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    Low Bitrate Weatherboy's Avatar
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    I just read up on the BB and FDB drives and when i read the specs for the BB they say 5°C is the low temp and the FDB say 0°C has anyone tested the BB to see if it works better than the FDB?
    Toyota Prius w/ NAV system and a 30gb Ipod :)it never crashes and always boots up.

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    The BB aren't affected by freezing of the bearings. You'll see people with FDB's posting that they don't work when it gets cold while people with BB's don't.
    Quote Originally Posted by ghettocruzer View Post
    I was gung ho on building a PC [until] just recently. However, between my new phone having internet and GPS and all...and this kit...Im starting to have trouble justfiying it haha.
    Want to:
    -Find out about the new iBug iPad install?
    -Find out about carPC's in just 5 minutes? View the Car PC 101 video

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    Indeed, my laptop drive has been having trouble on the really cold mornings. It can take 2 or 3 trys to get it to boot. It will freeze in the middle of returning from hibernation. After the drive has been spinning for a minute or so its good to go.
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    Since there have been a spate of postings about this,

    Many people have done the "auto on mod" for their lilliput. This auto on uses an RC circuit to "press the button" to turn on the screen. However, most Caps have a temperature range. Below this range, the characteristics of the component changes. Most Caps used are Electrolytic, which generally uses a liquid electrolyte. Because of this, in cold, particularly extreme cold temperatures, the liquid is less effective, and the RC circuit will not act correctly. You can try and locate better Capacitors, that will work in the extreme cold. Glass is probably the best known extreme cold Cap (they use them at Nasa and in the Military) but they are difficult to locate, and quite expensive. I know of one manufacturer (http://www.avxcorp.com/) but I can't find a place to get them.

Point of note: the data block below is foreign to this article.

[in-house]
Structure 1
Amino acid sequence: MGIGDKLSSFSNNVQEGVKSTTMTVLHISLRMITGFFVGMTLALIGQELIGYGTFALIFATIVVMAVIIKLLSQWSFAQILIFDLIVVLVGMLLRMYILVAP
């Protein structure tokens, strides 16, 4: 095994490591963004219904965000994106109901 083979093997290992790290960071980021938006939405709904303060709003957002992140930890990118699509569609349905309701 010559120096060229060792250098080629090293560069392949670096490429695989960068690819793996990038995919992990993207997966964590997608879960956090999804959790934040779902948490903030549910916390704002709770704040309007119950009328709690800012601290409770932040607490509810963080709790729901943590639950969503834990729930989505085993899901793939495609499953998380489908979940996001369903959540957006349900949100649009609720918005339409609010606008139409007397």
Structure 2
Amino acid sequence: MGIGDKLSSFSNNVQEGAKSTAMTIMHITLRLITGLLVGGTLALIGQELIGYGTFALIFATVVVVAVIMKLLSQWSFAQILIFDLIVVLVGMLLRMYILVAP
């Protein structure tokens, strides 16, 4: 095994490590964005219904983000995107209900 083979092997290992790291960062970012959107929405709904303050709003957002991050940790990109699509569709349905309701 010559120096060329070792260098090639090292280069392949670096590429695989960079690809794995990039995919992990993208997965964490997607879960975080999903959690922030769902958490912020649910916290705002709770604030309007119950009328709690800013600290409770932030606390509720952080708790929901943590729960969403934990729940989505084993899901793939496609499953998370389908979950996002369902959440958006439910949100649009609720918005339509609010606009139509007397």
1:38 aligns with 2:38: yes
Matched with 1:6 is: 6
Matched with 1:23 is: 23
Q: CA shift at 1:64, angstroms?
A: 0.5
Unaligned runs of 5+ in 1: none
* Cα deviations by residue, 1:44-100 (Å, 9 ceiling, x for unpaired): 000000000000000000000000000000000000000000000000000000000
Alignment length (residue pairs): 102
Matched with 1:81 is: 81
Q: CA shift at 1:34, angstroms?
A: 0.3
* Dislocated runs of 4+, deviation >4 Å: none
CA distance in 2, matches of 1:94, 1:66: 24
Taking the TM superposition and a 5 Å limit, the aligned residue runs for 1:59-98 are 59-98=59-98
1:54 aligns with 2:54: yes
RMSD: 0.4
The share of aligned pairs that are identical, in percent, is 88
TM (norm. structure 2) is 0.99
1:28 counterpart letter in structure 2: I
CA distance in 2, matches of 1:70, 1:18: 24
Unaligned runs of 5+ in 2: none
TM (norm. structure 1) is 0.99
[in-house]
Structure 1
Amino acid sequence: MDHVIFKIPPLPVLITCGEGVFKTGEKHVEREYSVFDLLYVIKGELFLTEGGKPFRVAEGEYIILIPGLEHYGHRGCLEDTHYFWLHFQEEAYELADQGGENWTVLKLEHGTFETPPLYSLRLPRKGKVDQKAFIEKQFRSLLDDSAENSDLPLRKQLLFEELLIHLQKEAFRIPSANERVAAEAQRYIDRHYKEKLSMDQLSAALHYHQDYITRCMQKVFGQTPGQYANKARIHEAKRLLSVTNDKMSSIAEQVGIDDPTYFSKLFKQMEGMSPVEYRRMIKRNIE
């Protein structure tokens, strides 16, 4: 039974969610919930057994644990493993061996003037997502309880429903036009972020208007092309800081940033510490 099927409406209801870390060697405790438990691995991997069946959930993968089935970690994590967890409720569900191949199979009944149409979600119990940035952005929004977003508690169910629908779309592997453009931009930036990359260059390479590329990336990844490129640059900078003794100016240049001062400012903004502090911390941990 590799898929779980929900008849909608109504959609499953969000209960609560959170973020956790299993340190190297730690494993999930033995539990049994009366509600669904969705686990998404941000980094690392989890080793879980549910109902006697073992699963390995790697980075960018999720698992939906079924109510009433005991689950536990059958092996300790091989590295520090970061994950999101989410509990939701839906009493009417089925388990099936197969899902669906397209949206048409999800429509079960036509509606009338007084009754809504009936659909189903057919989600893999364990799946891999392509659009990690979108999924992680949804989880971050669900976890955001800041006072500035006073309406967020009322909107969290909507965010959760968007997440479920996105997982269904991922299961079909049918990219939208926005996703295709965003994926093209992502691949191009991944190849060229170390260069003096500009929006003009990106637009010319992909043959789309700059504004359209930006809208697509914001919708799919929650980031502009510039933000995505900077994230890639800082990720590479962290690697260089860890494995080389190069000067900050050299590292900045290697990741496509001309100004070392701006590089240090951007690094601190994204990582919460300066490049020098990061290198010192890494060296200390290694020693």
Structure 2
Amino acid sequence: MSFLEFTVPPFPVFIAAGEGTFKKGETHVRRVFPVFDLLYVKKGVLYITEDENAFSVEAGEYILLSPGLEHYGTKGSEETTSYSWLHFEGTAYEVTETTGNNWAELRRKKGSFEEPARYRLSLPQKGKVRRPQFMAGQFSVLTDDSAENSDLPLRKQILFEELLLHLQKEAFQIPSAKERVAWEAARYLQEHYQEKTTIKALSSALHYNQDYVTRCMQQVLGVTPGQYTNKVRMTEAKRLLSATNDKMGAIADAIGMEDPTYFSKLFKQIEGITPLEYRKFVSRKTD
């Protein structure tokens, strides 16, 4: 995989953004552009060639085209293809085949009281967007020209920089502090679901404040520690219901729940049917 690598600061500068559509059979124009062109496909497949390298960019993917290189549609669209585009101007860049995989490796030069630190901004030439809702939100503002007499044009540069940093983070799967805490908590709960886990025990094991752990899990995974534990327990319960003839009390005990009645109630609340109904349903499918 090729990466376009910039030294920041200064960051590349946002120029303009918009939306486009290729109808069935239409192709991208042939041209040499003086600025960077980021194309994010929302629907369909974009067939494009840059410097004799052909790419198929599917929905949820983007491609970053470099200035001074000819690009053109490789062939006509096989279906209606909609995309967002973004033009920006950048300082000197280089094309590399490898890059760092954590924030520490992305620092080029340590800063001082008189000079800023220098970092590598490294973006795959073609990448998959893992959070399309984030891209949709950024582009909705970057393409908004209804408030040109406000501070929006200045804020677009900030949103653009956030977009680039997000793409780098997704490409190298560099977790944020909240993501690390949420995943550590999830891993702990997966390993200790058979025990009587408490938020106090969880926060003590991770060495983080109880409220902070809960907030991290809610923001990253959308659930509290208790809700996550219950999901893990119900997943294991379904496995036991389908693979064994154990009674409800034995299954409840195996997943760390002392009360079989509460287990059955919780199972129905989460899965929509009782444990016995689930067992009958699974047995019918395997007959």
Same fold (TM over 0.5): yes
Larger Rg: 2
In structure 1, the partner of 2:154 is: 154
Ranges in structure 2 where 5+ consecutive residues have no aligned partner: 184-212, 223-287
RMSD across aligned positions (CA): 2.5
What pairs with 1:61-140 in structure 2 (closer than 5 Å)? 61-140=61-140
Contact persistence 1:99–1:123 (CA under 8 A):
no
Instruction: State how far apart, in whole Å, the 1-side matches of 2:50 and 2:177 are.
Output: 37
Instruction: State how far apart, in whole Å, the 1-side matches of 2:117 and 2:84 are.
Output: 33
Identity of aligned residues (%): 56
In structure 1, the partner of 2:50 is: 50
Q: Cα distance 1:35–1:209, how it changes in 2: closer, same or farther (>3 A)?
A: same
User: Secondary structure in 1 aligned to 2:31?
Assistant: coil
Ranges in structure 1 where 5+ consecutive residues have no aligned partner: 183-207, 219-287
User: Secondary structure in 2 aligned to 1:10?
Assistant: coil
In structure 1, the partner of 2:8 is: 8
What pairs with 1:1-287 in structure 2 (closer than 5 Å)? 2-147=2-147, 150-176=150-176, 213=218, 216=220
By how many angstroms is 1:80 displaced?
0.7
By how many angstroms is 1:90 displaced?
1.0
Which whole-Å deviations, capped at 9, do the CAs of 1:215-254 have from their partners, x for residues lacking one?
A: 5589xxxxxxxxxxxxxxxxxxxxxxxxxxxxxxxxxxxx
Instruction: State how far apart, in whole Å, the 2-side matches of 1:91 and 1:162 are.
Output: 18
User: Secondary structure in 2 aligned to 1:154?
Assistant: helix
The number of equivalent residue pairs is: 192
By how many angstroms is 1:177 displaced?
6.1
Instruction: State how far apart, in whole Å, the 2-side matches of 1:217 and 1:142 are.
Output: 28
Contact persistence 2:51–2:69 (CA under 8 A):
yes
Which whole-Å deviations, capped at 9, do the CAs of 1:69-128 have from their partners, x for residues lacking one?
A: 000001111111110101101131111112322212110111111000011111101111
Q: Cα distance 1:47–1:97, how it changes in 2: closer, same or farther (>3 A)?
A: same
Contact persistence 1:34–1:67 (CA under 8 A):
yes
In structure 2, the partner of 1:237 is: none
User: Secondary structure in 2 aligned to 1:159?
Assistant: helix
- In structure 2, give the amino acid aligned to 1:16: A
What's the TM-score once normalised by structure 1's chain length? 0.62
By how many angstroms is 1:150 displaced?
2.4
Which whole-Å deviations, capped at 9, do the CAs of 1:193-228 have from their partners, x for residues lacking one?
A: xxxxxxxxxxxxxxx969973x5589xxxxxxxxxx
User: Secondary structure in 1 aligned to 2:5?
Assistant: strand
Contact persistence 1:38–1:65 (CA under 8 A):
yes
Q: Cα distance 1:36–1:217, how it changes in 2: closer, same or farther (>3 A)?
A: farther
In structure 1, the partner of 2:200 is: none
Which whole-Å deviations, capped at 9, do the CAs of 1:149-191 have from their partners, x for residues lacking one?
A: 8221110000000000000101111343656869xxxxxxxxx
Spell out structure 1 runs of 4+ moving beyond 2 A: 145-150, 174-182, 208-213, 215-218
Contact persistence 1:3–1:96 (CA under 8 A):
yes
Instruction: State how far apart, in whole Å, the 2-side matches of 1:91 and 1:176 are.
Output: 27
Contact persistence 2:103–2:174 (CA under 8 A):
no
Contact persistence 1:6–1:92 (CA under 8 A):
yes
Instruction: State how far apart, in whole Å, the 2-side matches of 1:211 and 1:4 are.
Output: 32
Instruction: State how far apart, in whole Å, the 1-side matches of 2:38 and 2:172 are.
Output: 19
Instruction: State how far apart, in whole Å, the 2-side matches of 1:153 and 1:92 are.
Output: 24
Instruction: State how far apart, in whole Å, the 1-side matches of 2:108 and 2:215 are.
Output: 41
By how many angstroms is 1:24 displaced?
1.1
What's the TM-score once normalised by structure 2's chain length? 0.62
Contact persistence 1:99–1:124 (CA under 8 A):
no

Another result of extreme cold is, dare I say it, shrinkage. Everything will shrink/contract in cold conditions. You may not ntoice it, but even the plastic in your car will shrink/contract ever so slightly in the extreme cold. Of course, if you screen in mounted molded into your dash, the shrinking dash may have adverse effects on your screen, and in particular, the TS. Of course the plastic sheets of your TS can also shrink, and in particular, if you sheet shrinks more then the other, or they shrink differently, that can cause the sheets to touch, making the TS operate erratically. The only real solution for this is to heat up the interior of your car before you start the computer. You can just wait for it to warm up when you get in it, or perhaps use a remote start to do it, but other then waiting for the car to heat up, there is nothing you can do.

    Michael
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    Quote Originally Posted by Bugbyte
    Most members advise against directing air conditioned air into the PC case due to the possibility of condensation forming inside the case. Likewise, attempts to direct outside air into the car are also advised against as the temperature of the air above the road is likely higher than the temperature that a PC would intake from the passenger cabin.
    This is not correct. The only place you get condensation is places where warm air hits cold objects. The physics here makes the air go from warm to cold, and by doing so reduces the ammount of moisture it can contain. If the air is cooled down enough, the air cannot keep the moisture anymore, and you get condensation. Cold air hitting warmer objects will never cause condensation (except extremely hight speeds that cause preasure fall behind objects. We're talking jet planes here...)

    This is by the way the reason for the AC to leave a puddle of water under the car. The air is cooled down by the AC, and by doing so, the water condenses there. If this was not the case, you should get condensation on your windscreen when using AC in the heat. I bet that never happened

    -Ko_deZ-

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    I believe the theory is that the case is filled with warm, moist air that fills it from the outside. When the cool air fills the case from the A/C, it gives up the moisture.
    Quote Originally Posted by ghettocruzer View Post
    I was gung ho on building a PC [until] just recently. However, between my new phone having internet and GPS and all...and this kit...Im starting to have trouble justfiying it haha.
    Want to:
    -Find out about the new iBug iPad install?
    -Find out about carPC's in just 5 minutes? View the Car PC 101 video